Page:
Pacers hit reset button with “coaching camp” type observe

INDIANAPOLIS – After dipping 113-104 in the heat at Gainbridge Fieldhouse on Friday, arguably their worst loss of the season, the Pacers had a day off on Saturday before heading to work on Sunday for a camp-style session returned.

Malcolm Brogdon, who faced his team’s fourth consecutive loss with 14 points on 4-of-14, said it was good for his squad to have some time to hit the reset button before then he will host the wizards on Monday.

“I thought we had a great training session (Sunday),” said Brogdon. “It was honestly like a training camp. We worked hard (Sunday) and I think that’s what we needed. We just have to come out and play man. We have to play at a high level with desperation.”

So what exactly does a mid-season camp exercise involve?

“Real work on the fundamentals, real conditioning work, real hard game work, real skill development work,” said Indiana trainer Rick Carlisle. “The schedule these days is such that those quality training days aren’t nearly as frequent as they were in the old days of the (Eastern Conference) Central Division, where there were many consecutive times, but they were short” trips “in a row. And then they would make a lot of two day breaks that you can have a day off, a quality day of practice, and then a game. But everyone adapts to the reality of today’s game and that’s just one of those opportunities we have to seize. “

This is only the second time this season the Pacers have had two days off between games and the first time that has happened at home. The other time Indiana had a two-day break was during a four-game road trip on the west coast last month.

Kelan Martin, who was still training at the team’s training facility on Saturday, said it felt good to wake up in his own bed.

“I usually come in on my days off and work a bit, just try to be consistent with my game, but calm helps,” said Martin. “Above all, to be at home and not in a hotel, but actually to be at home and enjoy it.”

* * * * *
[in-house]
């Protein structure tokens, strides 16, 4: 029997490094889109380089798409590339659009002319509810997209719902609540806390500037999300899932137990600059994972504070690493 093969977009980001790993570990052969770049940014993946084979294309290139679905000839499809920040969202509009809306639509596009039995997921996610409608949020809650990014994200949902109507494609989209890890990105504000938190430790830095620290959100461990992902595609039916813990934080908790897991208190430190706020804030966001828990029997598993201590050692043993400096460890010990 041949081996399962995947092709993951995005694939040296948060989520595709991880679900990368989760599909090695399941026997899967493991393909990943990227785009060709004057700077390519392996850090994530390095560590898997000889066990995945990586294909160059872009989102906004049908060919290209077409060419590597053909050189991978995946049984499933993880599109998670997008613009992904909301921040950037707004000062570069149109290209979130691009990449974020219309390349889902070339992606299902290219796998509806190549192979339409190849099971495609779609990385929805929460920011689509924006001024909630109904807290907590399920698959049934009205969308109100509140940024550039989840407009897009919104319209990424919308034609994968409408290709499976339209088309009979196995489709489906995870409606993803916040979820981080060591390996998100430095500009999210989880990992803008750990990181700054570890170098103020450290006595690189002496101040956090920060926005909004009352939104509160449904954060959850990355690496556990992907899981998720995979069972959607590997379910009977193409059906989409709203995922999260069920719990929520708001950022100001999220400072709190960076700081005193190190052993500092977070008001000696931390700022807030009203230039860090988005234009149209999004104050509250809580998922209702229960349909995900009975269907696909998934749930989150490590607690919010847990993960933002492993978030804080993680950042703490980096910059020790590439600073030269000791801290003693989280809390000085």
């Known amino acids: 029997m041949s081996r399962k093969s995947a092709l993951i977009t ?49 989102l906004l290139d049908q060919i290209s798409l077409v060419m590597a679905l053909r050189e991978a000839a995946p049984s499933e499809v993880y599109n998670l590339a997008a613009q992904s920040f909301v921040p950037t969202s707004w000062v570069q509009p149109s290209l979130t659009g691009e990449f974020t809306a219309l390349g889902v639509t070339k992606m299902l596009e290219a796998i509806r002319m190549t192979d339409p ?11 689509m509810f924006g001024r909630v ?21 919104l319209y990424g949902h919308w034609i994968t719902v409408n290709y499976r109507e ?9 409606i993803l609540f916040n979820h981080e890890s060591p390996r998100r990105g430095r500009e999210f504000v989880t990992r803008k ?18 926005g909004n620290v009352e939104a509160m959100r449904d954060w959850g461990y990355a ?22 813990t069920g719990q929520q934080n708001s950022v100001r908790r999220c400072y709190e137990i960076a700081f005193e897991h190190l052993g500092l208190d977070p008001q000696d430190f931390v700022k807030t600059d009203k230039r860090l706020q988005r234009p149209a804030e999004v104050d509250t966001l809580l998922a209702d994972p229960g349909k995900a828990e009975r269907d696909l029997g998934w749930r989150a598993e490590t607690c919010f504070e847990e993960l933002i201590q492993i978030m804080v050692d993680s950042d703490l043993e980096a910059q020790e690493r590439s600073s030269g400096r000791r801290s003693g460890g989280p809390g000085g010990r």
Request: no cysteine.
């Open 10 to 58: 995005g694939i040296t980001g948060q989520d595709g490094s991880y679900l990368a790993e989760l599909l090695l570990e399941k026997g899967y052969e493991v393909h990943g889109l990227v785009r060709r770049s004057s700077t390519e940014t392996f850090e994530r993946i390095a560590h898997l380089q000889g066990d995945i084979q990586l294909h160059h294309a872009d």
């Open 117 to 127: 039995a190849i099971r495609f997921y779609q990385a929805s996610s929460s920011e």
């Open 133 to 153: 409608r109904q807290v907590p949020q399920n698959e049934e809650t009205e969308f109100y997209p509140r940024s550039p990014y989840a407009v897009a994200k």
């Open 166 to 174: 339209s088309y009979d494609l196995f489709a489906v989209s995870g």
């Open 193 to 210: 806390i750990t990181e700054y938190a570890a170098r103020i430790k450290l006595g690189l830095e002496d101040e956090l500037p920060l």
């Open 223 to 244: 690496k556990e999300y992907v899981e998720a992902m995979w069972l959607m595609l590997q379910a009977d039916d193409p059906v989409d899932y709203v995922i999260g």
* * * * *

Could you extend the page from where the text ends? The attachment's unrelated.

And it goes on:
Martin averages 5.3 points while shooting 40.9% off the field and 1 out of 10 to 3 points during Indiana’s steak lost four games. The former butler star remains confident about his game and team, noting that the 9-16 Pacers “know how well we can play”.

Carlisle has said on numerous occasions that his team lacks “strength”, which has resulted in some disappointing performances. Brogdon believes the problem has more to do with focus than exertion.

“I think it’s more about getting into the details of the game and being more physical in defense,” said Brogdon. “To be honest, we’re a team that plays hard. It’s not that we don’t play hard out here. So anyone who says that is wrong. It’s literally about the details, to know your people. That’s what matters to us. ” . “

Domantas Sabonis, who had 14 points and 16 rebounds against the Heat, agreed with Brogdon that the solution to the Pacers’ problems is not simply to play harder. However, he did admit that his team “look dead out there” sometimes when reviewing feature films.

After an intense workout at Ascension St. Vincent Center on Sunday, Sabonis said Indiana plans to carry that energy across the street to Gainbridge Fieldhouse on Monday.

“Our record doesn’t show how we feel about (losing),” said Sabonis. “It definitely sucks, but we feel like we’re there, we can compete with anyone, we can win these games. But we just can’t do it. It’s a difficult task. We’re trying to get better out here and improve and try to turn the page. “

Follow IndyStar Pacer’s beat writer James Boyd on Twitter: @RomeovilleKid. Contact him by email:

Query of firearm coaching may absolve actor of negligence, says trial legal professional

Litigation attorney Jeff Harris said that an issue of negligence on the “Rust” film set after the Fatal shooting of cameraman Halyna Hutchins could come down to the level of gun training that actor Alec Baldwin received.

“It may ultimately boil down to whether or not the actor was adequately trained in the use of firearms and that would fall on the production company and absolve Baldwin of negligence,” said Harris, who does not represent any party involved in the incident.

Baldwin’s production company El Dorado Pictures produced the upcoming film. Neither Baldwin nor El Dorado Pictures responded immediately to CNBC’s request for comment.

The assistant director who handed Alec Baldwin a loaded gun on the set admitted to investigators that he didn’t check the revolver carefully enough, according to a search warrant released on Wednesday. So did the Santa Fe County Sheriff confirmed on Wednesday that there was a real bullet in Baldwin’s revolver and that investigators found even more alleged live rounds on the set.

Harris was the lead trial attorney on the Lan Jones v CSX case and obtained a $ 11.2 million judgment on behalf of the family of camerawoman Sarah Jones, who was killed while working on the film “Midnight Rider”.

He told CNBCs “The News with Shepard Smith” that on the set of “Rust” there was likely gross negligence.

“I honestly think that if you have a movie set where you have live ammunition mixed up with dummy ammunition and spaces, that type of activity turns into gross negligence, and I believe someone who will ultimately get into this case at least charged with criminal negligence, “said Harris.

Eagles take a break from coaching camp to boost cash for necessary trigger